The SDGs are designed to work in the spirit of partnership and pragmatism. In an increasingly globalized and interconnected world, achieving the SDGs by 2030 will require cooperation and collaboration among governments, non-governmental organizations, development partners, the private sector and communities. While governments have the primary responsibility to prioritize and implement approaches to meeting the SDGs, the private sector and civil society will play critical roles in the implementation of national plans. If we are to end poverty, protect the planet, and ensure prosperity for all, then partnering can lead to higher-quality, longer-term sustainable outcomes than any stakeholder could achieve on its own.
That’s why I was pleased to join the Rapid Fire Round at the SDG Business Forum to talk about Goal 17 – “Strengthen the means of implementation and revitalize the Global Partnership for Sustainable Development” – a standing item discussed at the HLPF each year and one that is of particular importance for IPIECA. Since 1974, we have been building partnerships to improve the oil and gas industry’s performance, including with inter-governmental organizations, academia and NGOs. We highlighted our collaboration with UN Environment through the Partnership for Clean Fuels and Vehicles on lead removal from gasoline worldwide. Currently, only three countries remain that use leaded gasoline, a significant drop from 82 countries when this effort first started in 2002. Indeed, this is just one example, but one that demonstrates the benefit oil and gas companies can gain from collaborating with stakeholders to broaden their impact and enhance their ability to leverage additional resources to achieve the SDGs. It was also encouraging to see that private sector interest in the Goals has increased exponentially compared with the first SDG Biz Forum last year.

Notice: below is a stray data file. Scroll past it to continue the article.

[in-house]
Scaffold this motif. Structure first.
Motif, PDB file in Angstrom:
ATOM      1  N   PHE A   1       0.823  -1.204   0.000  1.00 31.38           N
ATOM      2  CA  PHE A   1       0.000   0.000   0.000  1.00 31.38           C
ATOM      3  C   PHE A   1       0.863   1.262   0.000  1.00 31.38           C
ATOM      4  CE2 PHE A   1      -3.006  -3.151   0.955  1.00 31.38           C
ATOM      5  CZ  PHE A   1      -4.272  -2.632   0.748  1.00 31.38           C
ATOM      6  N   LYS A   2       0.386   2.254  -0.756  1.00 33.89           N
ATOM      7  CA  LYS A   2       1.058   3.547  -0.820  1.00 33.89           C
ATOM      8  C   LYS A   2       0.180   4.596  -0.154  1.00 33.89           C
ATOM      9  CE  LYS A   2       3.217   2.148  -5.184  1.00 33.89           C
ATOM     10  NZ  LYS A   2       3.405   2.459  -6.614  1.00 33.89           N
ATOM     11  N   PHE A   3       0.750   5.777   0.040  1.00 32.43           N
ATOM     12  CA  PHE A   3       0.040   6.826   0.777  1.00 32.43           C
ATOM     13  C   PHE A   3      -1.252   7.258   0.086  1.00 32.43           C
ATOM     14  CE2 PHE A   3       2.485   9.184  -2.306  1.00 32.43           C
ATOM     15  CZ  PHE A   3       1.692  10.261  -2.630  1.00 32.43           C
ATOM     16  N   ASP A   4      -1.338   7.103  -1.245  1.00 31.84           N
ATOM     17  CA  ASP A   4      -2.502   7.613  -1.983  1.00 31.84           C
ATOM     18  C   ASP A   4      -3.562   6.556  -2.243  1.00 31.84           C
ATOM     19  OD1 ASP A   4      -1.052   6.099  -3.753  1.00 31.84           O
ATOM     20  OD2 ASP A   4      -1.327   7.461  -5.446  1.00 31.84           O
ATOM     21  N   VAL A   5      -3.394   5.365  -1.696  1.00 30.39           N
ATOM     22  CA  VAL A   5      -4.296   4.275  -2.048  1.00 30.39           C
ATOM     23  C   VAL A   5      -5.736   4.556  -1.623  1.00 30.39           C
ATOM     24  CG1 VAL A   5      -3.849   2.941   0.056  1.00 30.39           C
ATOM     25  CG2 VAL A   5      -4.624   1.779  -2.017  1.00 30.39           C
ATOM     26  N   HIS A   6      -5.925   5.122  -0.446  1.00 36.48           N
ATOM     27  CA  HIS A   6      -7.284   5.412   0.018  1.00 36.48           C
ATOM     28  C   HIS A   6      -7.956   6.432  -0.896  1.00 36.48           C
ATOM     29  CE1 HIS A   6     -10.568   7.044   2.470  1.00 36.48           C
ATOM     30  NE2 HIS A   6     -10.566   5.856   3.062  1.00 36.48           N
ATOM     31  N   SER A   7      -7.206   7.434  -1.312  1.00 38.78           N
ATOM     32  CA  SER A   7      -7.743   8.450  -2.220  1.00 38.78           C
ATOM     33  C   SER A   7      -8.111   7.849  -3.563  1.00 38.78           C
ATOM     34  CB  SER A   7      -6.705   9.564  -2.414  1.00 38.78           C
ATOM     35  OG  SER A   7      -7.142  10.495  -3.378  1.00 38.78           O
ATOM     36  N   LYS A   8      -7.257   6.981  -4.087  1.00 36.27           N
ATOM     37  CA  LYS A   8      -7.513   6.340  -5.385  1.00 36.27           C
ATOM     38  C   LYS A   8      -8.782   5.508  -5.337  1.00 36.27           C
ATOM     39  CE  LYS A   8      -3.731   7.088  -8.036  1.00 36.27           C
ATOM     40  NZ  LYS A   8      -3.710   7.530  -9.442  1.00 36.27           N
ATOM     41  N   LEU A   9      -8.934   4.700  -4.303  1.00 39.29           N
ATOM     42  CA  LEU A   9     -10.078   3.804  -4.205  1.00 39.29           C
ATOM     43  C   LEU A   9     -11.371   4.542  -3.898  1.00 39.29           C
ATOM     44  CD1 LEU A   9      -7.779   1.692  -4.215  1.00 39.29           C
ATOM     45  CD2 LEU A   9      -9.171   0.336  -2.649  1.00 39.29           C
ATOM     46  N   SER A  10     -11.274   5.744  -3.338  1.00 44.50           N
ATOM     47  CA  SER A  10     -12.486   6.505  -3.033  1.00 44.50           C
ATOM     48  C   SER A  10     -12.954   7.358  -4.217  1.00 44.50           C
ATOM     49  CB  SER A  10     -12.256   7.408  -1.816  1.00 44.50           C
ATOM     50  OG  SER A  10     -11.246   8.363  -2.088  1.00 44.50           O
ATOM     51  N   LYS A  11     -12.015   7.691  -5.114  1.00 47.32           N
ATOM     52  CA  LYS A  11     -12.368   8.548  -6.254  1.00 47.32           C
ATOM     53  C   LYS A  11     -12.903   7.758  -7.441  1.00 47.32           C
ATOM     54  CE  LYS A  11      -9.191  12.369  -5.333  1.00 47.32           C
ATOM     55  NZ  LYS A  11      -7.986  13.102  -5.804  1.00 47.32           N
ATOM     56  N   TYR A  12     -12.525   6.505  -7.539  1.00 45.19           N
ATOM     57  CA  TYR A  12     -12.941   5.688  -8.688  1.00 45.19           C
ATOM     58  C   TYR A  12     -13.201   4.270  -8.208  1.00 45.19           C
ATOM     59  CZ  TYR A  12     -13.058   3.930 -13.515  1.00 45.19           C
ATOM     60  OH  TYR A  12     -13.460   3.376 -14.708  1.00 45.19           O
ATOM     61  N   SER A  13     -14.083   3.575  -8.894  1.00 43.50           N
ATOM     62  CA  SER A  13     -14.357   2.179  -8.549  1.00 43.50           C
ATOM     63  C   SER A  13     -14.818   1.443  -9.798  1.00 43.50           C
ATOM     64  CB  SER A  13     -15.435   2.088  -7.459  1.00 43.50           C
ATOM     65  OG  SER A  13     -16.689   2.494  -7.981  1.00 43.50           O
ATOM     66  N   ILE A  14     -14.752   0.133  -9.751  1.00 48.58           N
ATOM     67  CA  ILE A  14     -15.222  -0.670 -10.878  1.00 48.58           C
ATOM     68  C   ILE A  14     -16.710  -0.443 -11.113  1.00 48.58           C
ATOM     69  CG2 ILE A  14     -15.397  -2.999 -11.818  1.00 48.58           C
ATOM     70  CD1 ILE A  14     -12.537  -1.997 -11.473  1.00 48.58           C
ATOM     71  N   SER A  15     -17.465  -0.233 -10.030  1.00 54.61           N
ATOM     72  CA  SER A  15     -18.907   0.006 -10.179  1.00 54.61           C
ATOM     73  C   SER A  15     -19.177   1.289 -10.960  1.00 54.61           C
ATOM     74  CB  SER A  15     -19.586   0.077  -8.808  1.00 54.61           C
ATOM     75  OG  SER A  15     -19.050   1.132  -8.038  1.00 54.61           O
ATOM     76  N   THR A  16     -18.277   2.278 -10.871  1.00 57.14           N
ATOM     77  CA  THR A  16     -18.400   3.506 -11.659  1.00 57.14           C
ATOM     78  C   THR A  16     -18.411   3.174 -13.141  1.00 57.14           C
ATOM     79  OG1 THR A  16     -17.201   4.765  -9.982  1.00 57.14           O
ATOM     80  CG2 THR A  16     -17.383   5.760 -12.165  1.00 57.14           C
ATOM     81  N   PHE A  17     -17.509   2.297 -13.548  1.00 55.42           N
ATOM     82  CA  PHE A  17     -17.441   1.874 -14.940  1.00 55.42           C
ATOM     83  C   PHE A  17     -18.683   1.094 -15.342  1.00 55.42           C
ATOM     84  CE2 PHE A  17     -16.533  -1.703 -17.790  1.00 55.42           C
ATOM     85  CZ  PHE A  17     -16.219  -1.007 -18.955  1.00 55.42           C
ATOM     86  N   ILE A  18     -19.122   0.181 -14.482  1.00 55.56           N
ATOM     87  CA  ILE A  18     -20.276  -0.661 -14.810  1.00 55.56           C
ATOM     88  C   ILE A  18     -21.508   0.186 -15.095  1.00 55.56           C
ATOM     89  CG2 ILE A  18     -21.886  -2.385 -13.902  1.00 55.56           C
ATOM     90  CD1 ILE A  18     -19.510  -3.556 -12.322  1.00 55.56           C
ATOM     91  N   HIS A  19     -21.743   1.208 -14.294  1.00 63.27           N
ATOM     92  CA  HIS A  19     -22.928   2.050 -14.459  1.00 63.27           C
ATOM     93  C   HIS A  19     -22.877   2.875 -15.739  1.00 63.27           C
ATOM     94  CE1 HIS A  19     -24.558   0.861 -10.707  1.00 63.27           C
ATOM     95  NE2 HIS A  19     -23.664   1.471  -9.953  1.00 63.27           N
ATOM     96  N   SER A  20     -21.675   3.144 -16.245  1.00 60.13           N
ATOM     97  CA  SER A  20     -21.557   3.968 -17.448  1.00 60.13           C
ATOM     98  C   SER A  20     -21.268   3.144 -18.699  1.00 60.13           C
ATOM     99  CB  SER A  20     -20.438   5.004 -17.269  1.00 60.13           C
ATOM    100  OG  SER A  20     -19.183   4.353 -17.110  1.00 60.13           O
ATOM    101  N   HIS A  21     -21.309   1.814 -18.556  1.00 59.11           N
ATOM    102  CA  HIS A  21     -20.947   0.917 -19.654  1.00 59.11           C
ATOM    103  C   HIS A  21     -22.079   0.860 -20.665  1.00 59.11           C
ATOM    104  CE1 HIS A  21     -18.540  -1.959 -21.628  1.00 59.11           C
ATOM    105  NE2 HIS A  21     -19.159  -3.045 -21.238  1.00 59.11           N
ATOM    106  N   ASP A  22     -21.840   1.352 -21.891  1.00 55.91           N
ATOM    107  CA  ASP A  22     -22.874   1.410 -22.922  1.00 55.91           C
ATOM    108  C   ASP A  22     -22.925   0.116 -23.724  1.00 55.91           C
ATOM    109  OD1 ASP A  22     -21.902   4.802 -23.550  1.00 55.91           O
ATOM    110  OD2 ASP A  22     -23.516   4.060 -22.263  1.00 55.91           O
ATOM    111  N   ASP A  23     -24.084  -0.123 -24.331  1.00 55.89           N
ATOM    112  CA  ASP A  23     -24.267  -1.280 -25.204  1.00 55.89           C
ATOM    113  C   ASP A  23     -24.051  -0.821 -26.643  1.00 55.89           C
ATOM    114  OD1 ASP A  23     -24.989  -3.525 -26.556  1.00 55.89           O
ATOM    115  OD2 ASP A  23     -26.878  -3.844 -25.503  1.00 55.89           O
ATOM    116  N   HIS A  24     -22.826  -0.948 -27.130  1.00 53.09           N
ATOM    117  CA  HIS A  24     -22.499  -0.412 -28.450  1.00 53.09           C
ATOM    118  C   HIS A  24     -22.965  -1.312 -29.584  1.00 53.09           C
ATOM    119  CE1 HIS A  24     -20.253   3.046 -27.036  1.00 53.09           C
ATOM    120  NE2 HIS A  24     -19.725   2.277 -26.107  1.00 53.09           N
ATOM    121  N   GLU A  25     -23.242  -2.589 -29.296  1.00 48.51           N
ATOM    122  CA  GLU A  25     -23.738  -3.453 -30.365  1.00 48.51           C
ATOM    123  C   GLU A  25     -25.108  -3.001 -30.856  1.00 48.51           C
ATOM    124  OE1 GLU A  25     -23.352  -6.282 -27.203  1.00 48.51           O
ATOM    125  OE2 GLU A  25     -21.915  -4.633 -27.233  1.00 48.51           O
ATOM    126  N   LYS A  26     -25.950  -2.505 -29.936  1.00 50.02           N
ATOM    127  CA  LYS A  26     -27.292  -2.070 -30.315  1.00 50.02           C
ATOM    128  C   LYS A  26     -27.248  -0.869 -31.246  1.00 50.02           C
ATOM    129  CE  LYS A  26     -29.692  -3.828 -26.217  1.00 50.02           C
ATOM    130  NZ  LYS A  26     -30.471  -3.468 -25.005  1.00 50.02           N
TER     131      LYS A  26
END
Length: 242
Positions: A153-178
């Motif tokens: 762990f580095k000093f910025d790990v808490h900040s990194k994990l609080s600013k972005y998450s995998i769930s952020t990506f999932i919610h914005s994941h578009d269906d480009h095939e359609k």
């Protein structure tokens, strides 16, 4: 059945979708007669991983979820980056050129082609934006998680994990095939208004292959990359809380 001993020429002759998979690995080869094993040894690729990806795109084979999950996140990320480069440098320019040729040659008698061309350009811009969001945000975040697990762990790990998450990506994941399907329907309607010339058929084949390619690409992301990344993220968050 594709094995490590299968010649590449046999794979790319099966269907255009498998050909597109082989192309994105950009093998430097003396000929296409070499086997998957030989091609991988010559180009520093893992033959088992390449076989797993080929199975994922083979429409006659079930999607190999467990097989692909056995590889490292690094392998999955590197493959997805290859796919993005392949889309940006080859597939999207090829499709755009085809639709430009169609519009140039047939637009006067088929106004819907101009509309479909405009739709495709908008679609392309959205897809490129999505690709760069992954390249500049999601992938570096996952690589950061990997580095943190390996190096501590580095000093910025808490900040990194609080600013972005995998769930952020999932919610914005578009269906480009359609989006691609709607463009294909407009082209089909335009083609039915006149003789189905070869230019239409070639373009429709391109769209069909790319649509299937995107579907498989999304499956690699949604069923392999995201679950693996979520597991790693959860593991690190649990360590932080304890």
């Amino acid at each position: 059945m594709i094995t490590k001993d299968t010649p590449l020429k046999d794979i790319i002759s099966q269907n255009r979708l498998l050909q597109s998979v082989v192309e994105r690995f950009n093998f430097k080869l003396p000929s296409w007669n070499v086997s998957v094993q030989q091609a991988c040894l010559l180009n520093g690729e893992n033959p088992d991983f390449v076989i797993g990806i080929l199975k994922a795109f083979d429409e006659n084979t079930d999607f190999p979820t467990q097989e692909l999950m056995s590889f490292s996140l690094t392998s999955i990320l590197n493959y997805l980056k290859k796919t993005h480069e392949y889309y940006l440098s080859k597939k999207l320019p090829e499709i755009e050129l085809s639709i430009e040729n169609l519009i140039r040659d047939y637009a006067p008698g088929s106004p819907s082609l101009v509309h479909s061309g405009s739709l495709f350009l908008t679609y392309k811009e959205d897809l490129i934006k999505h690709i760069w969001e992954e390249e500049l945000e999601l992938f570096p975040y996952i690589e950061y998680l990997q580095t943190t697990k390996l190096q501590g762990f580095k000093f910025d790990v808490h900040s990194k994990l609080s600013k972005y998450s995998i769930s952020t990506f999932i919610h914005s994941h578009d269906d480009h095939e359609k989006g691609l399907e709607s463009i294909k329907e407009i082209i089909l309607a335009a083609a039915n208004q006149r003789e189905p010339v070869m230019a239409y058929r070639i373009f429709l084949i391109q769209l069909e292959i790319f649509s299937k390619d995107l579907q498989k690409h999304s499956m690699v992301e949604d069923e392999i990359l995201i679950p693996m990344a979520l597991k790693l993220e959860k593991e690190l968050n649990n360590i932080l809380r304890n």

For IPIECA, and for industry by and large, the sustainable development agenda issues are not new. In fact, we have been working on these issues for a number of years and are already taking a range of actions to support these goals e.g. reducing greenhouse gas emissions in operations and helping consumers reduce emissions, investing in local development, protecting health and safety of workers and communities, and managing environmental risks. However, there are far more opportunities, with careful planning and implementation, for the industry to contribute across all SDGs, either by enhancing its positive contributions or mitigating negative impacts.
UNDP, IFC and IPIECA hope that the Atlas will inspire action that leverages the transformative power of collaboration and partnership. Together, we will continue to seek ways for the oil and gas industry to effectively support the achievement of the SDGs. Throughout this journey, dialogue and engagement with stakeholders at the national, regional and international level will be essential. It is our hope that the Atlas will support the momentum we see in countries around the globe. Our members stand ready to work with all stakeholders to facilitate and support action that will enable us to help achieve the SDGs.